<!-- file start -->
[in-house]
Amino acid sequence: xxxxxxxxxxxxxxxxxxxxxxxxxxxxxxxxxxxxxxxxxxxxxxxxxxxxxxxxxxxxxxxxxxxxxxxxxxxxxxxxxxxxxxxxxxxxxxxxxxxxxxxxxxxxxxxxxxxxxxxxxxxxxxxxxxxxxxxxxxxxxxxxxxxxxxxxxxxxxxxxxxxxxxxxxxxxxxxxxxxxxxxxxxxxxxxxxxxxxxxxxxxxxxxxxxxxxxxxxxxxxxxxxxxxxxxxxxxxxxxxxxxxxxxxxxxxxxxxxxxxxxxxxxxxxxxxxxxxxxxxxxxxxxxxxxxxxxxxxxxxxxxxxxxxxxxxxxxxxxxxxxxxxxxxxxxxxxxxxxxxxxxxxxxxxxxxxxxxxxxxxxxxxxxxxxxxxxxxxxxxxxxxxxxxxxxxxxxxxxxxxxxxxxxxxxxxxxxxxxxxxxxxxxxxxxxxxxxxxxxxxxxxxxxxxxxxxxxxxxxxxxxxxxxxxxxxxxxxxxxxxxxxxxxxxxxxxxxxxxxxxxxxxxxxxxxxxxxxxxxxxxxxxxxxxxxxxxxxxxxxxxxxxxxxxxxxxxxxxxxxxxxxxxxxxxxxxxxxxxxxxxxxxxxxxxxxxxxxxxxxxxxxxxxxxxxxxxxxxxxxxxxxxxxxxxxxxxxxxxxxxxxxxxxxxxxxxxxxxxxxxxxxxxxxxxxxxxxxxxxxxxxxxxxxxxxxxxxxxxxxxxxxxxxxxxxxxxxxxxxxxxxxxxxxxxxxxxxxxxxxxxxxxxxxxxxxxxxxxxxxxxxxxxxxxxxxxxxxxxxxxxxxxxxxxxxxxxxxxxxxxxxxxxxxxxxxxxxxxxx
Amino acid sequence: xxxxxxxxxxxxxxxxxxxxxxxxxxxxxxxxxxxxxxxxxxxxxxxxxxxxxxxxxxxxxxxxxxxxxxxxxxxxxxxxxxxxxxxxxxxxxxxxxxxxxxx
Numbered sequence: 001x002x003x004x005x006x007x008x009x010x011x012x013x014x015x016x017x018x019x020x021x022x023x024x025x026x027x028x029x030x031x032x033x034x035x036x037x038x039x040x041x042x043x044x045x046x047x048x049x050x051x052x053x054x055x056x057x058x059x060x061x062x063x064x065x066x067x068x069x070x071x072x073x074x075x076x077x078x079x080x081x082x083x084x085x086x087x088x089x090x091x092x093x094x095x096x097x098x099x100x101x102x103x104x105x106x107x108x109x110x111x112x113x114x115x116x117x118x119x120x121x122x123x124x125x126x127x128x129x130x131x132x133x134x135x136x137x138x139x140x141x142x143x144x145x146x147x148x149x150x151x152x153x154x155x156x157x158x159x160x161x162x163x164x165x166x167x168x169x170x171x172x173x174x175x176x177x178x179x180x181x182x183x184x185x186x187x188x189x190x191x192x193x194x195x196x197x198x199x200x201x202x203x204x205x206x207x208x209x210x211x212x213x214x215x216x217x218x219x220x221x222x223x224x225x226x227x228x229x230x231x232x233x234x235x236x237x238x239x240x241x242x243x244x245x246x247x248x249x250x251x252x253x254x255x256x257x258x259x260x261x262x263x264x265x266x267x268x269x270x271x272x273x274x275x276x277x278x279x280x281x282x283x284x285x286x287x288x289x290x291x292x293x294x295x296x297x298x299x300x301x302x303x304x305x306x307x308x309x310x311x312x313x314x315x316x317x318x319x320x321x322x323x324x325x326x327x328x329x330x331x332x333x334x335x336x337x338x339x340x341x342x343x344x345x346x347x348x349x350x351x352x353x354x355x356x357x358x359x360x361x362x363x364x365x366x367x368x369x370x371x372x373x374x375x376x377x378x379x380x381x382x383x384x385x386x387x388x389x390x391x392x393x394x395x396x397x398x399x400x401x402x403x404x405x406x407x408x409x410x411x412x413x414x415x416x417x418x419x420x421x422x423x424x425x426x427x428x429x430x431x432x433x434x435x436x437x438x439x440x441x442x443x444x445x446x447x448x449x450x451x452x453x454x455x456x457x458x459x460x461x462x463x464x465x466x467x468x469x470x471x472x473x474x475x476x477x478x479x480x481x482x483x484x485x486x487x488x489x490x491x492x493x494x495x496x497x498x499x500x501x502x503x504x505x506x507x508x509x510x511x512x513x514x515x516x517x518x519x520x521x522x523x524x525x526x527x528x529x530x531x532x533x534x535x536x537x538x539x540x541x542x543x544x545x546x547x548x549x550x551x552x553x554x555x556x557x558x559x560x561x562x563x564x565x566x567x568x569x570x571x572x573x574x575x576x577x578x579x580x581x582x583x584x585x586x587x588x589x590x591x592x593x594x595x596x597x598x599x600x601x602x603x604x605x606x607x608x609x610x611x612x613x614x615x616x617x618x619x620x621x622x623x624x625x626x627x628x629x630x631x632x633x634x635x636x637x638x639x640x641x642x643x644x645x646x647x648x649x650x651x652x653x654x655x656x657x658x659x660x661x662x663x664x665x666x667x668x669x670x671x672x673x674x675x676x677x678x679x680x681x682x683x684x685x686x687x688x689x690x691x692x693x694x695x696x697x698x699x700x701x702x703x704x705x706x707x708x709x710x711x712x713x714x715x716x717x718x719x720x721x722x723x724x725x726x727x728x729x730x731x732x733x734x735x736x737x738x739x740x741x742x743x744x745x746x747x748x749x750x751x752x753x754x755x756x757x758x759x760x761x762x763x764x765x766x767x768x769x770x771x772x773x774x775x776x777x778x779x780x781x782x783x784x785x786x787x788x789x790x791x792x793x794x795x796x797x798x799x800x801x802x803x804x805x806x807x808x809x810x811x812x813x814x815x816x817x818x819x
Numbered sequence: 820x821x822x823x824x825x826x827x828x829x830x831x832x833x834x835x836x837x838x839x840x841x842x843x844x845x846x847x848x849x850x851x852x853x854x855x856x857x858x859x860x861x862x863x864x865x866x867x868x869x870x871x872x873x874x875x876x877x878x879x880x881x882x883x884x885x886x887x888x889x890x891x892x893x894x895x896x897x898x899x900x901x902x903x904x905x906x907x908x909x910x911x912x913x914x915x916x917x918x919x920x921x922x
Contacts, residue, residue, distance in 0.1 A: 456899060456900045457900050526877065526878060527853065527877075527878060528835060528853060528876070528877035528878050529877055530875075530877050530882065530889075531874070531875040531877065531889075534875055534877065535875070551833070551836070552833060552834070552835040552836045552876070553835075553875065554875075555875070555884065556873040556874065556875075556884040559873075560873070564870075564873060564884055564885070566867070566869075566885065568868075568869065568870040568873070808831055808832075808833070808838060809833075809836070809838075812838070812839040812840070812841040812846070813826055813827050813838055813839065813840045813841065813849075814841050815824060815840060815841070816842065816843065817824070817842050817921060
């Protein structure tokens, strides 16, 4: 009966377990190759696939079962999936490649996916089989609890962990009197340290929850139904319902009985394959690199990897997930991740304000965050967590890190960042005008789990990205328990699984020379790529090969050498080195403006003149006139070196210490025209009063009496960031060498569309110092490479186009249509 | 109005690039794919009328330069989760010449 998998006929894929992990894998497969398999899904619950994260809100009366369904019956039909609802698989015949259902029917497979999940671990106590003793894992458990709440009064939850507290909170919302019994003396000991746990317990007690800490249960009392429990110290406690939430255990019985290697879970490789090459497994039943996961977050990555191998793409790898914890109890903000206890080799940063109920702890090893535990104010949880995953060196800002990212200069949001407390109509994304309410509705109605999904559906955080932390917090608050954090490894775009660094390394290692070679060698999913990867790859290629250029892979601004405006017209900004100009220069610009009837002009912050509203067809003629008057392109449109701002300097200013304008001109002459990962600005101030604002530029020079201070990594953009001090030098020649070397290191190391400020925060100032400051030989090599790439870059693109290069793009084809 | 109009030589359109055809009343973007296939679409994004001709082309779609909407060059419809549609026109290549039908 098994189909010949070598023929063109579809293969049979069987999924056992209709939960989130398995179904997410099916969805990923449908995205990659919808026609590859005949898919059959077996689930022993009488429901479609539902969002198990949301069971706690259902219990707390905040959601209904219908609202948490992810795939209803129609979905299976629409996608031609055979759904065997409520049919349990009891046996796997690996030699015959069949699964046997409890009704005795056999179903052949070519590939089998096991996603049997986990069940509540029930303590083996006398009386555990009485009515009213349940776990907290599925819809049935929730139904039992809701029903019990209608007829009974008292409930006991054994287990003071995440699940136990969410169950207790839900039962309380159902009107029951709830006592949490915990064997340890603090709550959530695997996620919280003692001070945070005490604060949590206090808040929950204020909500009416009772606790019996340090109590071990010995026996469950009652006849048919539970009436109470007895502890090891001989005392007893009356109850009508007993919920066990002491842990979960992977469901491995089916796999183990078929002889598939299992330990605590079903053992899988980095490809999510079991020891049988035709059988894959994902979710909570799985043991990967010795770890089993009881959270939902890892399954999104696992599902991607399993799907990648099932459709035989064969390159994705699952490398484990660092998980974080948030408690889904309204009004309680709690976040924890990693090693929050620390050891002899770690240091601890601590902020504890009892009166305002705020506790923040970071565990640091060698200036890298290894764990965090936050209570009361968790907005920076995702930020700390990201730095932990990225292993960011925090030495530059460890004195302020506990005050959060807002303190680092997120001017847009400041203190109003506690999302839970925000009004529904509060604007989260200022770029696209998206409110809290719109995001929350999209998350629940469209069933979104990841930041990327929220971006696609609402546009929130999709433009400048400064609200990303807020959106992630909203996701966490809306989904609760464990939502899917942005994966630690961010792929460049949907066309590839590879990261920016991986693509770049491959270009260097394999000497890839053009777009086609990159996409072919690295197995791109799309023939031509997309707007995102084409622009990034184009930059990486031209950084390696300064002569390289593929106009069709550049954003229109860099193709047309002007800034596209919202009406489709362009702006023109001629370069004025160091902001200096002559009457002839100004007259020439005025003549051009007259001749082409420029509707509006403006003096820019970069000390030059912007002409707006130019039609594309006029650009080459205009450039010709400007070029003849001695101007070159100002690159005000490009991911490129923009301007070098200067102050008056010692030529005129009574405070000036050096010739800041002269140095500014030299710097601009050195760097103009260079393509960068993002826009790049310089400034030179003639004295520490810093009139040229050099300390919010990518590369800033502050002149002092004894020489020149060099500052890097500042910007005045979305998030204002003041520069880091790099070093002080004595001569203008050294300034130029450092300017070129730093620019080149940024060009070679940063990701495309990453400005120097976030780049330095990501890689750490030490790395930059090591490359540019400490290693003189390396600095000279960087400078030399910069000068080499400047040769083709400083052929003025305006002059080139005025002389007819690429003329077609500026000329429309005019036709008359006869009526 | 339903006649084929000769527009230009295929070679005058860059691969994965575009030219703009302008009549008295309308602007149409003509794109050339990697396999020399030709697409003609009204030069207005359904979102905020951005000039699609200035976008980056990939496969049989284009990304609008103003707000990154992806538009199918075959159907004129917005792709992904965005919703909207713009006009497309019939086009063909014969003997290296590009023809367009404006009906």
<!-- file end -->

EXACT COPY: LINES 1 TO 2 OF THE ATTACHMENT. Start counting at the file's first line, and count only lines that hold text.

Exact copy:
[in-house]
Amino acid sequence: xxxxxxxxxxxxxxxxxxxxxxxxxxxxxxxxxxxxxxxxxxxxxxxxxxxxxxxxxxxxxxxxxxxxxxxxxxxxxxxxxxxxxxxxxxxxxxxxxxxxxxxxxxxxxxxxxxxxxxxxxxxxxxxxxxxxxxxxxxxxxxxxxxxxxxxxxxxxxxxxxxxxxxxxxxxxxxxxxxxxxxxxxxxxxxxxxxxxxxxxxxxxxxxxxxxxxxxxxxxxxxxxxxxxxxxxxxxxxxxxxxxxxxxxxxxxxxxxxxxxxxxxxxxxxxxxxxxxxxxxxxxxxxxxxxxxxxxxxxxxxxxxxxxxxxxxxxxxxxxxxxxxxxxxxxxxxxxxxxxxxxxxxxxxxxxxxxxxxxxxxxxxxxxxxxxxxxxxxxxxxxxxxxxxxxxxxxxxxxxxxxxxxxxxxxxxxxxxxxxxxxxxxxxxxxxxxxxxxxxxxxxxxxxxxxxxxxxxxxxxxxxxxxxxxxxxxxxxxxxxxxxxxxxxxxxxxxxxxxxxxxxxxxxxxxxxxxxxxxxxxxxxxxxxxxxxxxxxxxxxxxxxxxxxxxxxxxxxxxxxxxxxxxxxxxxxxxxxxxxxxxxxxxxxxxxxxxxxxxxxxxxxxxxxxxxxxxxxxxxxxxxxxxxxxxxxxxxxxxxxxxxxxxxxxxxxxxxxxxxxxxxxxxxxxxxxxxxxxxxxxxxxxxxxxxxxxxxxxxxxxxxxxxxxxxxxxxxxxxxxxxxxxxxxxxxxxxxxxxxxxxxxxxxxxxxxxxxxxxxxxxxxxxxxxxxxxxxxxxxxxxxxxxxxxxxxxxxxxxxxxxxxxxxxxxxxxxxxxxx